Gardening Tips, Landscaping Tips — April 22, 2015 at 5:46 pm

Springtime Chores for the Birds


While bird feeding is a year-round activity that benefits both you and the birds, there are a few springtime chores that you can do to keep your yard birds happy, healthy, and, naturally, coming back.

Take stock of your feeders

Chances are, if you’ve been offering birds food in the winter (and you should), by the time spring rolls around, some of those feeders will have taken a beating from rain, sleet and snow. Get rid of any feeders that are cracked, broken or splintered as these can injure birds. Go ahead and toss any feeders that have a heavy accumulation of mold and rotten seed; these can make birds sick. It’s important to regularly clean your feeders and remove old seed. Particularly in wet weather when seed can become a breeding ground for bacteria. There are many diseases out there — think salmonella and conjunctivitis –and a dirty feeder could inadvertently harm birds.

Wash your hands thoroughly after handling seed and feeders, and try to keep young children away from touching the feeder itself.

To clean feeders, use warm soapy water in a bucket and a scrubbing brush that is set aside strictly for this chore. You can also use a solution of vinegar and water to sterilize the feeder. Two parts water to one part vinegar. Let it soak for a few hours. Now that your feeders are clean, you want to keep your seed fresh. Note that spring rains can turn seed moldy. Keep a close eye on it and store your unused seed in dry, sealed containers.

Branch out when it comes to food

There are about 100 species of birds that are regularly drawn to backyard feeding stations. Some only on migration, others are all year. Offer a variety of food such as nectar, fruit, suet and seed. And don’t forget the mealworms (They’re not as gross as they sound. The worms are dry and crunchy.) You’ll be amazed at the diversity.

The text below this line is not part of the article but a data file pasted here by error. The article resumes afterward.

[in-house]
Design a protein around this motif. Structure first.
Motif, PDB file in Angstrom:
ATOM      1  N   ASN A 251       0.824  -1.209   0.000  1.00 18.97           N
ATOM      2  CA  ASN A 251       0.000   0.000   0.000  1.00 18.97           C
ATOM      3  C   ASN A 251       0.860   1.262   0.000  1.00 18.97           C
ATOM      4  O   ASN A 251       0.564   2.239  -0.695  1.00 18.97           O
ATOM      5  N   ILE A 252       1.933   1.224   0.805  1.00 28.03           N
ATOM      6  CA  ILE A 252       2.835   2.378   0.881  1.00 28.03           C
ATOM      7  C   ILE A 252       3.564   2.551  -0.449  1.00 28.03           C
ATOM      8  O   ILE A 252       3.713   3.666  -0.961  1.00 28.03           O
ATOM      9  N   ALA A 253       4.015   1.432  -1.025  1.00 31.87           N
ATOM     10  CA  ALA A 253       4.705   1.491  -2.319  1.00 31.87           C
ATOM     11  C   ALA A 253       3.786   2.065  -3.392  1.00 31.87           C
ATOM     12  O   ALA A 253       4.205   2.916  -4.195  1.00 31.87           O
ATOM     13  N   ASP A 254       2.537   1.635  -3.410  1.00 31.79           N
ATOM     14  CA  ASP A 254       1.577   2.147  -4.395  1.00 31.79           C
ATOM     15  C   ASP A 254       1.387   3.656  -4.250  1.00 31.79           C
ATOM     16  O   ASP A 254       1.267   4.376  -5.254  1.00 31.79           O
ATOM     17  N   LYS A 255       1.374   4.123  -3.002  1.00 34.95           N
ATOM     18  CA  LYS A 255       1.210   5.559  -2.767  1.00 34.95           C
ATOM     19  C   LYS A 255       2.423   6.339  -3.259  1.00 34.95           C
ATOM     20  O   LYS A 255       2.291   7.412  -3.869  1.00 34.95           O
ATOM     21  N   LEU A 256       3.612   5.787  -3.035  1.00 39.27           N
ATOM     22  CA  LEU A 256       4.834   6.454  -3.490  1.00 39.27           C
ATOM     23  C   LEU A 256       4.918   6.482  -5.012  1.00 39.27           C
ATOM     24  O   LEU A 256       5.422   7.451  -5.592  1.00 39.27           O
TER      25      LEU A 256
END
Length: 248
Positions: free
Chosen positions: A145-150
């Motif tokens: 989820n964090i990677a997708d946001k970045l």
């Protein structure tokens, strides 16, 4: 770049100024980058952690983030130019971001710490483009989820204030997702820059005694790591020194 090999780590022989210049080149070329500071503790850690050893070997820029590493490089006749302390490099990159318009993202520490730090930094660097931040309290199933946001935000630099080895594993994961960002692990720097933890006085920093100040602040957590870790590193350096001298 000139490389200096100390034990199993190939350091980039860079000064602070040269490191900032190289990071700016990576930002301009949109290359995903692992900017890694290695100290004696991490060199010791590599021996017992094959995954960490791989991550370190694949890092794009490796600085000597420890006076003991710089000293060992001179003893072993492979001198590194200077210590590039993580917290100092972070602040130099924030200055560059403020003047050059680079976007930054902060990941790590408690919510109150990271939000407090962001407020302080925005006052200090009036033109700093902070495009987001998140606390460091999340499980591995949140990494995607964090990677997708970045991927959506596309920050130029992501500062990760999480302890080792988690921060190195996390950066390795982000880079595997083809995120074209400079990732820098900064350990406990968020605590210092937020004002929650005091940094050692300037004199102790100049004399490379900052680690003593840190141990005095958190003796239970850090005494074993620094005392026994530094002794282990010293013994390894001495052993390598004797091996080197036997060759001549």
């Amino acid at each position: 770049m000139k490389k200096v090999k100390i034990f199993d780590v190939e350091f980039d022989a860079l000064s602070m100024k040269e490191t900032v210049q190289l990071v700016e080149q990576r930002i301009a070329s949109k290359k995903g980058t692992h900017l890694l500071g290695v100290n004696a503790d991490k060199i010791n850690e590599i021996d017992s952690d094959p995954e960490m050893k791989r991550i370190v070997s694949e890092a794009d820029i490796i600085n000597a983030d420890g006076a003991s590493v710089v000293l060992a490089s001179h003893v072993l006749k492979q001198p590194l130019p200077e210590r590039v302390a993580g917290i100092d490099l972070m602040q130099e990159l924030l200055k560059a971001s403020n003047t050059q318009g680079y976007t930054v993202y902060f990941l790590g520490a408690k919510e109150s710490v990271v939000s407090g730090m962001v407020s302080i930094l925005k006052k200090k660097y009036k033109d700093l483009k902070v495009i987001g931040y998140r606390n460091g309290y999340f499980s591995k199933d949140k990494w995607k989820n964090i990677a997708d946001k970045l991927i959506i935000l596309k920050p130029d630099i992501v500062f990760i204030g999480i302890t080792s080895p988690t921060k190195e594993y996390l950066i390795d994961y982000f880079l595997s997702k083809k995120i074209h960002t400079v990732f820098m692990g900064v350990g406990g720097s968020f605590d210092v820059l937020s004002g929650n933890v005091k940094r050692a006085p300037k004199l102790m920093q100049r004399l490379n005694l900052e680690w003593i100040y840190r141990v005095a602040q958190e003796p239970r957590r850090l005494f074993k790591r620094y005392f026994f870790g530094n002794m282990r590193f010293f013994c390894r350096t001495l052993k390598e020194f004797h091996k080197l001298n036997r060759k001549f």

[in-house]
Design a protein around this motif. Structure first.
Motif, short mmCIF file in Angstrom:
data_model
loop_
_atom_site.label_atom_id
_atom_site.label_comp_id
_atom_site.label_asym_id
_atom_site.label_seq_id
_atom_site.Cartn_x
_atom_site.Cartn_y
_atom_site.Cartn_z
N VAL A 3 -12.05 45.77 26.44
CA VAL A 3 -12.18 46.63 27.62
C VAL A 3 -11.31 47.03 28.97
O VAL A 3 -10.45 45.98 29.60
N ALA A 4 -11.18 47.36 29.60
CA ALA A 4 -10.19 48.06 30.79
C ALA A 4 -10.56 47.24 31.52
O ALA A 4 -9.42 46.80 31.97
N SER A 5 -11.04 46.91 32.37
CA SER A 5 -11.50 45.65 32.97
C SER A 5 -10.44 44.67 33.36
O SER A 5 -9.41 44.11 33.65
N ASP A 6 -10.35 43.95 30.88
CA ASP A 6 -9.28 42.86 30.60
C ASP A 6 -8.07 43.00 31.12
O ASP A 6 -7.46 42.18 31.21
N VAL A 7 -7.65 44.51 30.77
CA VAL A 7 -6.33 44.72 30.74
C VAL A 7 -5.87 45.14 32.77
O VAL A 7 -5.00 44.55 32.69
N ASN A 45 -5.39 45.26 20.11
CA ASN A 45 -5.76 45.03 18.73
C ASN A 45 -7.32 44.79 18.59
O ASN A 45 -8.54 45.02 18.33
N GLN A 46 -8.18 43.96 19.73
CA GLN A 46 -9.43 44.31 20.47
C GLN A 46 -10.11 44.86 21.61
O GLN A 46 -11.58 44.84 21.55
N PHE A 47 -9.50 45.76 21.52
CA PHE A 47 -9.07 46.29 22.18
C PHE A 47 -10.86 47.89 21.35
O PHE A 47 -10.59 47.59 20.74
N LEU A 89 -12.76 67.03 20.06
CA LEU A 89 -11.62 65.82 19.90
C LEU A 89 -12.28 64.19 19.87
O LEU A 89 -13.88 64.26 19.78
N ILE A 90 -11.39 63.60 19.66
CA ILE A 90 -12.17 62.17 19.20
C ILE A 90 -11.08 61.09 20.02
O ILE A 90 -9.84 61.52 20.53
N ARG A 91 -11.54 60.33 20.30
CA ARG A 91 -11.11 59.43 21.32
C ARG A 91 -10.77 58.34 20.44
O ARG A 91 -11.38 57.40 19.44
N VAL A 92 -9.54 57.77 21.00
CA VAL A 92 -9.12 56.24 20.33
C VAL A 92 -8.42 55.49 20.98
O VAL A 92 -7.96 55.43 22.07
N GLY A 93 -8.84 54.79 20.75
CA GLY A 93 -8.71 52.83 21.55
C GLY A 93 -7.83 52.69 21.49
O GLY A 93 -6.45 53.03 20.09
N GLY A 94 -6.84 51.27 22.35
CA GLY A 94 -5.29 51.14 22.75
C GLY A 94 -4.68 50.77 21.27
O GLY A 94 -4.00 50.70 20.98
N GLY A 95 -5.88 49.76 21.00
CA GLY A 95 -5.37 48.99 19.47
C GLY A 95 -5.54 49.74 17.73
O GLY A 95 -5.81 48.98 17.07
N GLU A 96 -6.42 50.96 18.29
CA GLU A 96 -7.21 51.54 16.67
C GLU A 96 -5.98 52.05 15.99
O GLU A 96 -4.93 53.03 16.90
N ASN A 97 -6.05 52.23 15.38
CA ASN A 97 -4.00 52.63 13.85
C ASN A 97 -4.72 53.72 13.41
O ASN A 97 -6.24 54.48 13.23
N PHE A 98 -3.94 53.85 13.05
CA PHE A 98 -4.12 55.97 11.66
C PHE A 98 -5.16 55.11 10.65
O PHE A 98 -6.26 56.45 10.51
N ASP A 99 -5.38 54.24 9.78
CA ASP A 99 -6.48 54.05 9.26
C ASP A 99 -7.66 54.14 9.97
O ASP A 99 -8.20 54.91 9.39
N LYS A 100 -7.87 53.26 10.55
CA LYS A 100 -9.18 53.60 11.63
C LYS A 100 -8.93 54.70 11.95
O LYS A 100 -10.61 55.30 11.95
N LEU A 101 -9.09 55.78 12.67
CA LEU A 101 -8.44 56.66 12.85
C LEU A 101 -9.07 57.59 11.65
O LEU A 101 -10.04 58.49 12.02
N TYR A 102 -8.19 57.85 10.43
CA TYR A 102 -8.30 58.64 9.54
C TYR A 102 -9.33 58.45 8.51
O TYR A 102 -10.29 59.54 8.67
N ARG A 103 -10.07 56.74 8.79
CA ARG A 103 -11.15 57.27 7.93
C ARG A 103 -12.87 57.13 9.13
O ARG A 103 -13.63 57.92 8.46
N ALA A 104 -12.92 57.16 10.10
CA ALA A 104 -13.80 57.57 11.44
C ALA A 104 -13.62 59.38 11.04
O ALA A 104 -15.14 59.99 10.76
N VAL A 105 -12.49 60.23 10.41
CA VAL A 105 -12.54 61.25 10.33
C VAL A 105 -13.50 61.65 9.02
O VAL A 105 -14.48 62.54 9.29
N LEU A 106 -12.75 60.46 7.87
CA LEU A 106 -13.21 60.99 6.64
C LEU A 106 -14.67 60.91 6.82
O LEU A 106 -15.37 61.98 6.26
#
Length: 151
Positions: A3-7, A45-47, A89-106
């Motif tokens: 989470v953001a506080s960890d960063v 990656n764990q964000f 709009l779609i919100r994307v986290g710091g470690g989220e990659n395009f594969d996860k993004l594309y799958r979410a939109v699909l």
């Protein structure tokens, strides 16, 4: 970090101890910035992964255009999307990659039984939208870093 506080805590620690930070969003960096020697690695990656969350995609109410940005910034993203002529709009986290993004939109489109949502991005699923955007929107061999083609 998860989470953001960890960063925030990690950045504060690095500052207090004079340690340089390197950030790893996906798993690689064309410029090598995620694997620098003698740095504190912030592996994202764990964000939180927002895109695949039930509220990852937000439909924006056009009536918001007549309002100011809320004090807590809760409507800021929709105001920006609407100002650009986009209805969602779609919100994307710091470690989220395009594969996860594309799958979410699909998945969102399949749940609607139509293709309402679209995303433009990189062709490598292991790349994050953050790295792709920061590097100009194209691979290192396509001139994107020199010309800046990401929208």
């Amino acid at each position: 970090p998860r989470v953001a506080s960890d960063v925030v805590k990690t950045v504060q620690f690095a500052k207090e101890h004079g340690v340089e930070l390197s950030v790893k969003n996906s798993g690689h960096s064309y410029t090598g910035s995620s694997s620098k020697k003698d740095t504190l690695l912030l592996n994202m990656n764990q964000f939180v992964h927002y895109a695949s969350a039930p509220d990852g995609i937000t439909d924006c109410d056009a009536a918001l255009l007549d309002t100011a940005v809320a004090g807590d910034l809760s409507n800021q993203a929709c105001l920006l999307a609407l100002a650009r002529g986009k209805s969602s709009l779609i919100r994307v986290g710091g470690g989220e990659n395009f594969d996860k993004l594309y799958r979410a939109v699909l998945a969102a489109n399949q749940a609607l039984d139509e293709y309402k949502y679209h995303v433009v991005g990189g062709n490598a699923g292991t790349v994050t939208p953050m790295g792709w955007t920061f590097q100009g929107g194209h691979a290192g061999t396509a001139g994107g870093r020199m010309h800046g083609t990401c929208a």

Birds are messy

Rake up debris under feeders and move feeders to allow grass to recover. If black-oil sunflower seeds are killing your grass, consider switching to sunflower chips. These need a covered feeder since they spoil easily. And to make a larger base on your feeder, you might buy a wide round plastic platter (check out the dollar store). Score the inside of the platter (to hold extra glue), then attach it to the bottom of your feeder with hot glue sticks. The platter will catch flying seed.

If your feeders are on your patio, make sure that you keep the ground free of spent seed so that you don’t attract unwanted critters that could include rats and mice.

Speaking of feeder location

Try to find a location for your bird feeder that is near a window, so you can enjoy the different types of birds, but also close to shelter such as trees and bushes. Hawks will often attack distracted birds at feeders, so there should be cover that birds can fly to in order to escape. Note that if you place a feeder near your windows, you’ll need to put window decals on the glass to prevent birds from flying into the window.

Now you and visiting birds can enjoy springtime in your yard.